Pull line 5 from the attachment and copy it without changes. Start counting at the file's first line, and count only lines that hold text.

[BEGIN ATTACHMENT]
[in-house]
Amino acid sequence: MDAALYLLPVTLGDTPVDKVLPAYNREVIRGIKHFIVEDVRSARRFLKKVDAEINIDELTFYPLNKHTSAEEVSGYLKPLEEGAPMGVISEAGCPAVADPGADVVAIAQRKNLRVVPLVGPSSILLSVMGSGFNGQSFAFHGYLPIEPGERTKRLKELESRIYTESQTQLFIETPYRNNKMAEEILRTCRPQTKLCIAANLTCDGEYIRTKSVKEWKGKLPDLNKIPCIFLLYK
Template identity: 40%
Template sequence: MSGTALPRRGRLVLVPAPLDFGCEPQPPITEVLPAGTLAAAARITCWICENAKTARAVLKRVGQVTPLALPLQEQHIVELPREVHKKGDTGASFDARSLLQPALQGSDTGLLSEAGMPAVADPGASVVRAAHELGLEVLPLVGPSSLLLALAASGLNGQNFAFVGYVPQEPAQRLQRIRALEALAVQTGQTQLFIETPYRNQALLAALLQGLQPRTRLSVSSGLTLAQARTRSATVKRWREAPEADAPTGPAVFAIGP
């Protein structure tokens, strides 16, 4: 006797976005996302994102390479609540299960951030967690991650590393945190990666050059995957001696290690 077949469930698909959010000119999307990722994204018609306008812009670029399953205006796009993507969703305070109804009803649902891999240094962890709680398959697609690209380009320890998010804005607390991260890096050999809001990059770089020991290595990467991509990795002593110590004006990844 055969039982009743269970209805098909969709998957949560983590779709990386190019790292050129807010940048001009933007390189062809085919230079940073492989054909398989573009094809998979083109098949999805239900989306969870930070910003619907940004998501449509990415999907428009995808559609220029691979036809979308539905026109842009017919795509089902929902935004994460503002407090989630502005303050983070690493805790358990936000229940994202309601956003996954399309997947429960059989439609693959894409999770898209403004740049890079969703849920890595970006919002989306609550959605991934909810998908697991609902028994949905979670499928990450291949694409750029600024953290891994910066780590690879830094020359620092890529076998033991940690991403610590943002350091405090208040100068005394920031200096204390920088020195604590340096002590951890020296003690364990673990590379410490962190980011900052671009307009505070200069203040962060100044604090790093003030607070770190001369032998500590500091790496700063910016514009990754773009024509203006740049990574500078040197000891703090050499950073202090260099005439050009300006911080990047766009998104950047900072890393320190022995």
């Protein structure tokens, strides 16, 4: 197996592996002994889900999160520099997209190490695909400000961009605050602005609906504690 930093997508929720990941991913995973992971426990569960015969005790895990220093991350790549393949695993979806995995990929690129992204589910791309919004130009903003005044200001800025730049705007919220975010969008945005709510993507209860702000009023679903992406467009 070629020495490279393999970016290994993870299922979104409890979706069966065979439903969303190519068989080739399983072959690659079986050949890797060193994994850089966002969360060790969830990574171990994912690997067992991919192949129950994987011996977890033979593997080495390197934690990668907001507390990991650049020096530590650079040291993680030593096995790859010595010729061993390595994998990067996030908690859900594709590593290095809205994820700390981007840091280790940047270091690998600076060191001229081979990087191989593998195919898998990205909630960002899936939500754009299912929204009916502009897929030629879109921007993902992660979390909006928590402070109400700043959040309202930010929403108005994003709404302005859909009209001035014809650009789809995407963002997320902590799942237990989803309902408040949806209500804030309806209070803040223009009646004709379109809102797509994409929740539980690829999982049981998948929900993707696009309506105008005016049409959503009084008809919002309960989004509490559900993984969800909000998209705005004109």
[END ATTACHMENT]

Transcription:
């Protein structure tokens, strides 16, 4: 006797976005996302994102390479609540299960951030967690991650590393945190990666050059995957001696290690 077949469930698909959010000119999307990722994204018609306008812009670029399953205006796009993507969703305070109804009803649902891999240094962890709680398959697609690209380009320890998010804005607390991260890096050999809001990059770089020991290595990467991509990795002593110590004006990844 055969039982009743269970209805098909969709998957949560983590779709990386190019790292050129807010940048001009933007390189062809085919230079940073492989054909398989573009094809998979083109098949999805239900989306969870930070910003619907940004998501449509990415999907428009995808559609220029691979036809979308539905026109842009017919795509089902929902935004994460503002407090989630502005303050983070690493805790358990936000229940994202309601956003996954399309997947429960059989439609693959894409999770898209403004740049890079969703849920890595970006919002989306609550959605991934909810998908697991609902028994949905979670499928990450291949694409750029600024953290891994910066780590690879830094020359620092890529076998033991940690991403610590943002350091405090208040100068005394920031200096204390920088020195604590340096002590951890020296003690364990673990590379410490962190980011900052671009307009505070200069203040962060100044604090790093003030607070770190001369032998500590500091790496700063910016514009990754773009024509203006740049990574500078040197000891703090050499950073202090260099005439050009300006911080990047766009998104950047900072890393320190022995």